The second way to grow our risk tolerance is to keep a long-term view. Most financial investment risk requires you have a long-term view. If you want a two-week turnaround on an apartment building venture; you’re in the wrong business. But if you risk, and have the stomach to wait it out for years, the return eventually makes the risk worth it.

To risk with Christ, we must have the longest view in mind — eternity must be our truest return and the place where we judge whether or not a risk is “worth it”. Paul says in 2 Corinthians 4:16, “For this momentary, light affliction is producing for us an eternal weight of glory far beyond all comparison, while we look not at the things which are seen; for the things which are seen are temporal, but the things which are not seen are eternal.” Eternity with Christ makes any risk or even loss “worth it” so much so that Paul even says that the weight of glory in heaven doesn’t even compare to the affliction of his temporary life. Everything in this life is temporary and fleeting, we should take risks where it matters — in things that have to do with eternity. Having eternity in view will help us sort what things are worth great risk and what is not.

Remember Jesus Is Merciful In Our Failure

There is only one human who has perfectly risked in the name of God, and it is not any one of us. What should we do then, knowing we have already failed to risk much for the gospel, and that we will continue at times to shrink back and settle for our comfort in this life? We look to Jesus, merciful to the fearful and cowardly, and we watch how Jesus treated His friend, Peter.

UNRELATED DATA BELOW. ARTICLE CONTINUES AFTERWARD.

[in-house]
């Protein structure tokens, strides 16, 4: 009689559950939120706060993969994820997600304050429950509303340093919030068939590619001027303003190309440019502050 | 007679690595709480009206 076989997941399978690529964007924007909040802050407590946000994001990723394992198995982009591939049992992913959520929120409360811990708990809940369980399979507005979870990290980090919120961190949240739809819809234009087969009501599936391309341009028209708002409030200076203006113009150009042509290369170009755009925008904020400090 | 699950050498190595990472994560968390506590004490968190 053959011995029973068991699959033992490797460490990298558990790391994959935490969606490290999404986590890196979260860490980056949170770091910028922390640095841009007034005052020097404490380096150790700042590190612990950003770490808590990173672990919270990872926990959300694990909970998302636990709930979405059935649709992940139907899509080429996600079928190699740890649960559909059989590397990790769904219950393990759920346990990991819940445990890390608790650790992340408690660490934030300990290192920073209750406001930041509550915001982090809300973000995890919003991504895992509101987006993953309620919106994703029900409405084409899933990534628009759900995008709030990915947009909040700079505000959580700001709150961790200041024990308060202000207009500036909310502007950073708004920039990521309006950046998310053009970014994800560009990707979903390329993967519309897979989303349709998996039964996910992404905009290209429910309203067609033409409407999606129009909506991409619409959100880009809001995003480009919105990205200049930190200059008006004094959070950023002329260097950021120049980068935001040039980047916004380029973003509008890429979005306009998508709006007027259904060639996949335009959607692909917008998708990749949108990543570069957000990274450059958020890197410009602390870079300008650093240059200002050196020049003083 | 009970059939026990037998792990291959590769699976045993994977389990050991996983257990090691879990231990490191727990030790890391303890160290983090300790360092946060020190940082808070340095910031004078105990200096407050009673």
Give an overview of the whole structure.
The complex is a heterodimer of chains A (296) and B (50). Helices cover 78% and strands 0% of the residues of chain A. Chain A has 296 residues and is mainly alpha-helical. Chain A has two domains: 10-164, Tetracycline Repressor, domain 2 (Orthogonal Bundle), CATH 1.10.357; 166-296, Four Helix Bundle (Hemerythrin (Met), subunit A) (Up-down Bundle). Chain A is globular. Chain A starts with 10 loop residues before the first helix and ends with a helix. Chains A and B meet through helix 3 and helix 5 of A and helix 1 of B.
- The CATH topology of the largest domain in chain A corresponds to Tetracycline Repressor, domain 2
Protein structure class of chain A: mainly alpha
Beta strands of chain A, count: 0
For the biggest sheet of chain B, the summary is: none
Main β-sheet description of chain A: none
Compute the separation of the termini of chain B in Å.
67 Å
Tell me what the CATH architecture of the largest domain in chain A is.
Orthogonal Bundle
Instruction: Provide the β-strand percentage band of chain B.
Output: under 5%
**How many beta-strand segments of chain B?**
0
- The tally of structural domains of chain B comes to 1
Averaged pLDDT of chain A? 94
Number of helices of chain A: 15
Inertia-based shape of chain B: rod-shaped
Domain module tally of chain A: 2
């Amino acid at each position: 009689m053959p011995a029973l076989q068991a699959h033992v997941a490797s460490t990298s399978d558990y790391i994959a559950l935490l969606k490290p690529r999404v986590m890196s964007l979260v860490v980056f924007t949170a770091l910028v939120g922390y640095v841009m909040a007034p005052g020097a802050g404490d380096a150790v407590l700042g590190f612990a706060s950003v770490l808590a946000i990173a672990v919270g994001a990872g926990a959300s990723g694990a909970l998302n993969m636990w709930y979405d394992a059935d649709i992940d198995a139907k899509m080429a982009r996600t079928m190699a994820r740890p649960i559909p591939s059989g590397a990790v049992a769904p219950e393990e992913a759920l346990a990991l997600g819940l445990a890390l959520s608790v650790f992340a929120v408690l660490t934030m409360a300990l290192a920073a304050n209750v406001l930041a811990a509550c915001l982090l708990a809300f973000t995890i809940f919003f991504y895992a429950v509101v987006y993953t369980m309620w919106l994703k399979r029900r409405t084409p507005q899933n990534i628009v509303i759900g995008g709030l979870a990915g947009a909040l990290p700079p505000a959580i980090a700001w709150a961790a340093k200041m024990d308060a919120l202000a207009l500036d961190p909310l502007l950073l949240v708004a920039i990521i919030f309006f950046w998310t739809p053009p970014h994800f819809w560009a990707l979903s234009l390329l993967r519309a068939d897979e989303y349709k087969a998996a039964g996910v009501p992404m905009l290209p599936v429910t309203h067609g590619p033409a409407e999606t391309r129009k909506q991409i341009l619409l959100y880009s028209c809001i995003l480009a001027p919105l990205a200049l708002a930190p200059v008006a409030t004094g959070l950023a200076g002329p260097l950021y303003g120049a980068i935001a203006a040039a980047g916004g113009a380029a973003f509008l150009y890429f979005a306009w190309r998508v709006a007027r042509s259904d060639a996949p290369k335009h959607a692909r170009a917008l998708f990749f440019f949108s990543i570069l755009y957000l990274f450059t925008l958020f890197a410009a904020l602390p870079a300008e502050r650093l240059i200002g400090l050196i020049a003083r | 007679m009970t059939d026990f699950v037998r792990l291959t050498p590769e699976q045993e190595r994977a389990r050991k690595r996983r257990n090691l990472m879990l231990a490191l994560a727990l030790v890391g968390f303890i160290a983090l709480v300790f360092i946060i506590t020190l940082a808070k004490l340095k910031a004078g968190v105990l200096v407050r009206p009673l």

Peter, hours after pledging his undying loyalty to Jesus at the last supper, hid outside a gate and watched at a distance as Jesus was tried. Three times Peter was identified as Jesus’ follower, and three times, each more vehement than the last, Peter denied even knowing Jesus. Then the rooster crowed and Peter left weeping. Jesus was crucified and Peter was left knowing the last thing he ever did for Jesus was deny Him. What an overwhelming sense of failure. What guilt of betrayal. What shame at his cowardice.

But Jesus was raised, Peter saw the empty tomb, he even saw the risen Christ. Peter’s friend, John, includes the personal way Jesus restored Peter’s failure to risk.

In John 21, Jesus comes to his disciples who have returned to their old trade — fishing. Jesus invites Peter to breakfast. There, Jesus asks Peter, “Do you love me?” Three times Jesus asks this same question, matching the number of Peter’s shameful betrayal. And three times Jesus graces Peter with the stewardship of caring for Jesus’ flock. Jesus extends an astonishing amount of grace to Peter in his failure. Jesus says to those who have failed to risk, “I forgive you, get up, risk again.”

My daughter did fall in riding her bike. It was a very long process but now she is riding with confidence and even rode up her first hill. It took her many small risks, with the encouragement and affirmation of her parents for her to grow her risk tolerance.

Walking with Christ in risk is a process of growth — we can grow in risk by knowing Christ deeper, by keeping eternity in view, and by treasuring His mercy in our failure.